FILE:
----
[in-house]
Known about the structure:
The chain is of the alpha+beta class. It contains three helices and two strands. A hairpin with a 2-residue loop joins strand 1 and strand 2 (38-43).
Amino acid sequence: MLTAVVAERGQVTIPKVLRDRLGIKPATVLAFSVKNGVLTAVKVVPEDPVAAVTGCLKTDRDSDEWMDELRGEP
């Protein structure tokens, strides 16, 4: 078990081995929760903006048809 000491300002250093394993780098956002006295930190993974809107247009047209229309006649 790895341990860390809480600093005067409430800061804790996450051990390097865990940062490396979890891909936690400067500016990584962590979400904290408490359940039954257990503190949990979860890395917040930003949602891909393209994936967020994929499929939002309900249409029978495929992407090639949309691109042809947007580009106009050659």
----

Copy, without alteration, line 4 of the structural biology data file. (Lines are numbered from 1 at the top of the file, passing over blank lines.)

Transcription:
Amino acid sequence: MLTAVVAERGQVTIPKVLRDRLGIKPATVLAFSVKNGVLTAVKVVPEDPVAAVTGCLKTDRDSDEWMDELRGEP